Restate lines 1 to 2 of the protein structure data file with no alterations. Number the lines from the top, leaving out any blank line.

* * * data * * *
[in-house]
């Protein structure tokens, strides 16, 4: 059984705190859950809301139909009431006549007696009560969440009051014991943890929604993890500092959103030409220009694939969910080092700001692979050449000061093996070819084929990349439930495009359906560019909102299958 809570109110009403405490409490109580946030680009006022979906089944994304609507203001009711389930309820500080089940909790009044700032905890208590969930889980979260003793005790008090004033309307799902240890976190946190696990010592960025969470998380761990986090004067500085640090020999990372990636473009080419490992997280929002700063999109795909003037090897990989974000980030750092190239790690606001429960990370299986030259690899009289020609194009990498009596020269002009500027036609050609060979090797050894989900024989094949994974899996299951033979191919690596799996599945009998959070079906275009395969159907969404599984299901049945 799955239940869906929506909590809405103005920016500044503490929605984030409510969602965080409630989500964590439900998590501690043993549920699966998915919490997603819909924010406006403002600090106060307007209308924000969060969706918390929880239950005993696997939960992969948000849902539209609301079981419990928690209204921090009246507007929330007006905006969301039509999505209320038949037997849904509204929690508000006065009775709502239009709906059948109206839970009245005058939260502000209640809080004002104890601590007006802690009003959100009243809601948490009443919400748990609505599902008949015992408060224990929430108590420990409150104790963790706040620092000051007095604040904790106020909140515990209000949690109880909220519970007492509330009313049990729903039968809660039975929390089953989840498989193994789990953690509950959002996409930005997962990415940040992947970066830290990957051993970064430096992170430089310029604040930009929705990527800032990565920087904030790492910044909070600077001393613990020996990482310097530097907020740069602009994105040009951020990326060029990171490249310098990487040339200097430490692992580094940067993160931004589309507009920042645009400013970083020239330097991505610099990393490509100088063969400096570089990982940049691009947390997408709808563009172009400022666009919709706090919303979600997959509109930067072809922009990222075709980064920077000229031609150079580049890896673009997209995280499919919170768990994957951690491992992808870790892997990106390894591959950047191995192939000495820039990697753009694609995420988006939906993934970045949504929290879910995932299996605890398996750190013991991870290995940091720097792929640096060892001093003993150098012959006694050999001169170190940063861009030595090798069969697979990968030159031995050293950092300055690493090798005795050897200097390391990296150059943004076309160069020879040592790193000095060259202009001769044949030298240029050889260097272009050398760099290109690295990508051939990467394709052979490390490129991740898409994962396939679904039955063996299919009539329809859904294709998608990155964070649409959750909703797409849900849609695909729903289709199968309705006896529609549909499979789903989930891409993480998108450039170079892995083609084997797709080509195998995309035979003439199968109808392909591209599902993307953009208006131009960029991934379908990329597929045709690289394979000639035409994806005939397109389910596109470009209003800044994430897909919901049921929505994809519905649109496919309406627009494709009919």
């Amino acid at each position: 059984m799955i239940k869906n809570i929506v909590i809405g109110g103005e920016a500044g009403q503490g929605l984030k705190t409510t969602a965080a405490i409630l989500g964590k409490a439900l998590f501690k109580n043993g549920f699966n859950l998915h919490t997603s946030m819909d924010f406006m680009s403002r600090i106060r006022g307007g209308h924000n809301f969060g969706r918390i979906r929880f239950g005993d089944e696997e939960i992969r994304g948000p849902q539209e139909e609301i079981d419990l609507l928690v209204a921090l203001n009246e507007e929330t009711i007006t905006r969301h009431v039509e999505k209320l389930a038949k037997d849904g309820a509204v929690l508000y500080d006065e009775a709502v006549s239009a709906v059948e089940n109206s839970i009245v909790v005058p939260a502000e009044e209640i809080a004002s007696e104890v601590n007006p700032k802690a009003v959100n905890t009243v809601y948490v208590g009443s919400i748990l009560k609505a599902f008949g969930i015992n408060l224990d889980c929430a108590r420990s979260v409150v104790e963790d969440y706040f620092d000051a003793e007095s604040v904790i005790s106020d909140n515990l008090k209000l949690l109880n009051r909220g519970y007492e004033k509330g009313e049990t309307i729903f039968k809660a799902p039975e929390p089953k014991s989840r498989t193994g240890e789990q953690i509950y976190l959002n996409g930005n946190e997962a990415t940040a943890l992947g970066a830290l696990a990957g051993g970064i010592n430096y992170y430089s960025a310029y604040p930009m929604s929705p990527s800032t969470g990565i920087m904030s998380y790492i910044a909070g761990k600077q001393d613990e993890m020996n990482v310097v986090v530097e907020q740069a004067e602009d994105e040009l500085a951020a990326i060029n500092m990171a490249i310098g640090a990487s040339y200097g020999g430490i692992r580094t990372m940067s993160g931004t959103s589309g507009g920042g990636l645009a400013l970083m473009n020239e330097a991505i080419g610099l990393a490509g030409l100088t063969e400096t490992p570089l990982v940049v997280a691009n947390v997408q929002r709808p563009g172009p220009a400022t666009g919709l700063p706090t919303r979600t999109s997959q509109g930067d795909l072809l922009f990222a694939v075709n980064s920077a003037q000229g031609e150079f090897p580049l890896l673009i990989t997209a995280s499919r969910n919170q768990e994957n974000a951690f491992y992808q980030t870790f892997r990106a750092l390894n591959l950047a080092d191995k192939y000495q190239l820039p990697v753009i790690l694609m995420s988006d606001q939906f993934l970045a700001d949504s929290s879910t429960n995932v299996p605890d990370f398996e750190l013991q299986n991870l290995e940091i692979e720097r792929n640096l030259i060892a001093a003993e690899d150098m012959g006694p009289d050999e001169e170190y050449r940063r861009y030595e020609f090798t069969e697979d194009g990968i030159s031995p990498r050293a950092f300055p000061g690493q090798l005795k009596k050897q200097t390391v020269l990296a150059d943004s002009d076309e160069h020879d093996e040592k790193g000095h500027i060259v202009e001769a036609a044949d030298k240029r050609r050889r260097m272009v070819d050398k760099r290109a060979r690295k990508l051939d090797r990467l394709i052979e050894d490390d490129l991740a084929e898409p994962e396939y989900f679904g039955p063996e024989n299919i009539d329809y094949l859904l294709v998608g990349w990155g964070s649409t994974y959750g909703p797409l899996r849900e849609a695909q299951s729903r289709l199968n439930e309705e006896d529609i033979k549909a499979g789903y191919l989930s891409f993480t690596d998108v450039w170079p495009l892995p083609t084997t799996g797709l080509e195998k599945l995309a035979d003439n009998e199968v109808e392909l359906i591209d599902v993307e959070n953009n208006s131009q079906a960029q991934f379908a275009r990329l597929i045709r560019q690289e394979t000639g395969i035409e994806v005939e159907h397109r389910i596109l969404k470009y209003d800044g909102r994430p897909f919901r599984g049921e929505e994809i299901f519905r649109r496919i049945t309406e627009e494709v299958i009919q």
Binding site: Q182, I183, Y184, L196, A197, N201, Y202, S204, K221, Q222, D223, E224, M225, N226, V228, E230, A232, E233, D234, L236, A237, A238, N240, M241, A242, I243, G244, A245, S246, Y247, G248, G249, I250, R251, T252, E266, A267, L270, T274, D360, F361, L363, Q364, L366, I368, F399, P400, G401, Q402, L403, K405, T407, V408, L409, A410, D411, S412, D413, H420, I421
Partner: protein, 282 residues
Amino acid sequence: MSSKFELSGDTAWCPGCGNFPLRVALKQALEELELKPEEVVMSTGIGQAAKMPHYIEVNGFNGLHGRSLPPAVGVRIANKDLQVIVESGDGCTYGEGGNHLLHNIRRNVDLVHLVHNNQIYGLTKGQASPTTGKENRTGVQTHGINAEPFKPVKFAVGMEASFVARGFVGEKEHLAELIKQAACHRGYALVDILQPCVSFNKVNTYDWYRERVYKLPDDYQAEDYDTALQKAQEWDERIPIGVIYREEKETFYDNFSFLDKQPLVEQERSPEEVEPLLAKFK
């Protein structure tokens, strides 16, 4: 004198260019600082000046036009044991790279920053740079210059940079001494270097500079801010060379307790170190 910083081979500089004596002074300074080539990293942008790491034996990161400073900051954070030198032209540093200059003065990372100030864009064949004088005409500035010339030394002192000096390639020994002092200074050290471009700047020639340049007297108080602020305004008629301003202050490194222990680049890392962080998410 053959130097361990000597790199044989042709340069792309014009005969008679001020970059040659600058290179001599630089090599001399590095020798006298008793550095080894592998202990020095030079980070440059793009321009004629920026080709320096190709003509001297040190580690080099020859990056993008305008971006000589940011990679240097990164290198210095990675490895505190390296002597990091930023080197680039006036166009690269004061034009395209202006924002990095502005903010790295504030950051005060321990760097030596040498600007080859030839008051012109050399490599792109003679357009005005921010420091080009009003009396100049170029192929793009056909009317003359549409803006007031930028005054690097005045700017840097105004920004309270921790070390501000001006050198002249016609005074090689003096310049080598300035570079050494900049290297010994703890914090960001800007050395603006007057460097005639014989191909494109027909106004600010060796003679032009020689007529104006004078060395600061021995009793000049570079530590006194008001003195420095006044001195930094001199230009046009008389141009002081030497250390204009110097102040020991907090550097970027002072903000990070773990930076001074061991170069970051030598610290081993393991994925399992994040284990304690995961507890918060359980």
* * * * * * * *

[in-house]
């Protein structure tokens, strides 16, 4: 059984705190859950809301139909009431006549007696009560969440009051014991943890929604993890500092959103030409220009694939969910080092700001692979050449000061093996070819084929990349439930495009359906560019909102299958 809570109110009403405490409490109580946030680009006022979906089944994304609507203001009711389930309820500080089940909790009044700032905890208590969930889980979260003793005790008090004033309307799902240890976190946190696990010592960025969470998380761990986090004067500085640090020999990372990636473009080419490992997280929002700063999109795909003037090897990989974000980030750092190239790690606001429960990370299986030259690899009289020609194009990498009596020269002009500027036609050609060979090797050894989900024989094949994974899996299951033979191919690596799996599945009998959070079906275009395969159907969404599984299901049945 799955239940869906929506909590809405103005920016500044503490929605984030409510969602965080409630989500964590439900998590501690043993549920699966998915919490997603819909924010406006403002600090106060307007209308924000969060969706918390929880239950005993696997939960992969948000849902539209609301079981419990928690209204921090009246507007929330007006905006969301039509999505209320038949037997849904509204929690508000006065009775709502239009709906059948109206839970009245005058939260502000209640809080004002104890601590007006802690009003959100009243809601948490009443919400748990609505599902008949015992408060224990929430108590420990409150104790963790706040620092000051007095604040904790106020909140515990209000949690109880909220519970007492509330009313049990729903039968809660039975929390089953989840498989193994789990953690509950959002996409930005997962990415940040992947970066830290990957051993970064430096992170430089310029604040930009929705990527800032990565920087904030790492910044909070600077001393613990020996990482310097530097907020740069602009994105040009951020990326060029990171490249310098990487040339200097430490692992580094940067993160931004589309507009920042645009400013970083020239330097991505610099990393490509100088063969400096570089990982940049691009947390997408709808563009172009400022666009919709706090919303979600997959509109930067072809922009990222075709980064920077000229031609150079580049890896673009997209995280499919919170768990994957951690491992992808870790892997990106390894591959950047191995192939000495820039990697753009694609995420988006939906993934970045949504929290879910995932299996605890398996750190013991991870290995940091720097792929640096060892001093003993150098012959006694050999001169170190940063861009030595090798069969697979990968030159031995050293950092300055690493090798005795050897200097390391990296150059943004076309160069020879040592790193000095060259202009001769044949030298240029050889260097272009050398760099290109690295990508051939990467394709052979490390490129991740898409994962396939679904039955063996299919009539329809859904294709998608990155964070649409959750909703797409849900849609695909729903289709199968309705006896529609549909499979789903989930891409993480998108450039170079892995083609084997797709080509195998995309035979003439199968109808392909591209599902993307953009208006131009960029991934379908990329597929045709690289394979000639035409994806005939397109389910596109470009209003800044994430897909919901049921929505994809519905649109496919309406627009494709009919």